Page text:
Study Tips by IB tutors

Updated: Oct 8, 2019

In 2013, Edward Steven and Ryan Reagan, the founding partners of HKExcel and the 2 leads IB tutor HK in Hong Kong, authored the book “Becoming an IB miracle.” The book was sold in the Hong Kong book fair, and became one of the best-sellers. Subsequently, Edward and Ryan were interviewed by several newspapers and radio stations, including RTHK, Appledaily, Singtao news etc.


The special thing about this book is that it is one of the first of its kind. The objective of the book is to share the top studying secrets used by top students, such as how to schedule revision schedules, how to reduce stress, how to take notes etc.


As mock exams and final exams are approaching, the chapters on time management and stress management are extremely relevant. To be a top student, one must learn to use their time productively and to control their stress levels. Thus, in the blog post, we will share two excerpts from these two important chapters.

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After reading the previous chapters, you should understand how to

motivate yourself and put your focus in the right direction. Being

motivated and serious about your goal is correct, but if you push yourself

too hard, your performance could go down.


Stress reduction strategy 1: Remember, if you are not there yet, it

doesn’t mean you won’t get there.


Nervous breakdowns are becoming more common for final-year students.

Earlier in this book, we talked about the importance of turning your goal

from a “should” into a “must”. When your grades aren’t where you want

them to be, it could be a painful thing to accept. Not performing up to

standard is a common reason why students feel overwhelmed.


A top student, Chloe, shared with us her way of overcoming this type of stress

which is highly effective. Whenever she feels pressured for not performing

up to her standard, she would remind herself that even though she is not

there yet, it doesn’t mean she will never be. She believes strongly that

eventually, she will be able to find ways to meet her standard.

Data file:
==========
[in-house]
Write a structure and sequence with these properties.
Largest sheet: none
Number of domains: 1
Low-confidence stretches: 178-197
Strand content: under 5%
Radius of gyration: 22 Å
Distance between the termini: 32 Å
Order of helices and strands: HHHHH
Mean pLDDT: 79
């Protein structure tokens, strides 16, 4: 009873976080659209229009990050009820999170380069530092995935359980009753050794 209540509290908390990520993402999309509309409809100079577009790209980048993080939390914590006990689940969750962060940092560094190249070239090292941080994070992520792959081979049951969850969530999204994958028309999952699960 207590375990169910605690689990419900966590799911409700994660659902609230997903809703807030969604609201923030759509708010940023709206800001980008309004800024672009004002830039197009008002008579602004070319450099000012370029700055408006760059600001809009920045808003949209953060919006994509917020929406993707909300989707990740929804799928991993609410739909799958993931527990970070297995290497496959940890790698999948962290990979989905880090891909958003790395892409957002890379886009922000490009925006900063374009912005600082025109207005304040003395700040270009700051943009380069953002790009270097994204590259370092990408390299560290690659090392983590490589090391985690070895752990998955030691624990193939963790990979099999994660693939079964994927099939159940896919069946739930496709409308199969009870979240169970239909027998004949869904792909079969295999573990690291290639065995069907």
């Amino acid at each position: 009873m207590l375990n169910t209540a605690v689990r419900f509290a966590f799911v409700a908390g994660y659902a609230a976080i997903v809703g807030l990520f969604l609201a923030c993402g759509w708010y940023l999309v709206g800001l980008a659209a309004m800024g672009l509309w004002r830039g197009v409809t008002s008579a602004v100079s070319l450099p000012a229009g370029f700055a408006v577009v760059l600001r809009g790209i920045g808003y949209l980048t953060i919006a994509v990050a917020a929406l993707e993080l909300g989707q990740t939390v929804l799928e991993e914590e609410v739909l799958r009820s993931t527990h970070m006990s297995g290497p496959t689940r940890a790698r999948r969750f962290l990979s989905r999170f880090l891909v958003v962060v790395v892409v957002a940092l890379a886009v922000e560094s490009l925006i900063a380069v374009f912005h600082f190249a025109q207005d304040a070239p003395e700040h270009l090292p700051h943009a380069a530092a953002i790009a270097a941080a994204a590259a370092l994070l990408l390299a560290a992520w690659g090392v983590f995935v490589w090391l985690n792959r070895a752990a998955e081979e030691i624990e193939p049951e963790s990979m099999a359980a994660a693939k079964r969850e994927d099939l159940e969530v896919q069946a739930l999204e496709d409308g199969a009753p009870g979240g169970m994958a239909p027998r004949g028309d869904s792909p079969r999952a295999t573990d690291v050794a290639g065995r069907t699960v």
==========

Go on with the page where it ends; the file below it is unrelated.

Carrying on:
When you are stuck in a situation or with a problem, it is easy for one to

feel pessimistic and start to believe that there is no solution. If you find

yourself in such situations, you need to step back and put things into

perspective. Many students who graduated before you had conquered the

public examination you are about to face. It is definitely not easy, but it is

not impossible.


If you don’t give up, sooner or later, you will be able to

find the solution to every problem. Eventually, you will get there. Keeping

this in mind is a great way to relief stress and to remain motivated.

Scientists found that people’s learning progress can be summarized by the

Exponential curve.


As you spend more time learning a subject, your proficiency will grow

exponentially. Initially, when you don’t understand the basics, the ability to

make progress seems very hard. You simply need to invest a lot of time to

get used to the way of thinking that the subject requires. But as you

accumulate the essentials and adapt to the subject, you will find it easier to

master new concepts that are based on the basics.


When you breakthrough the initial challenges, your progress will speed up and you will feel less painful than when you first started. Many people have a subject that they

just don’t seem to “get” and will therefore avoid. If you have this kind of

mindset, you haven’t realized that your learning curve is exponential and

not linear. By understanding the exponential learning curve, you will see

the value of pushing through the initial barriers. After breaking through the

initial barriers, it won’t be nearly as hard anymore. You just need to persist

and you will eventually get there. So don’t lose faith.


Stress reduction strategy 2: Focus on other things once in a while

Taking a time-off means occupying your mind with something nonacademic.

One student we talked to, Tim, told us that it was sometimes

hard for him to take his mind off Math before his tests, and his mind would

go in circles and circles.


He knew it wasn’t useful for his test, but he couldn’t stop thinking about math after long hours of studying. Eventually, he realized that he must make a conscious choice to solve the problem. He started to be actively involved in activities that could grab his attention,

such as watching movies and playing video games. His performance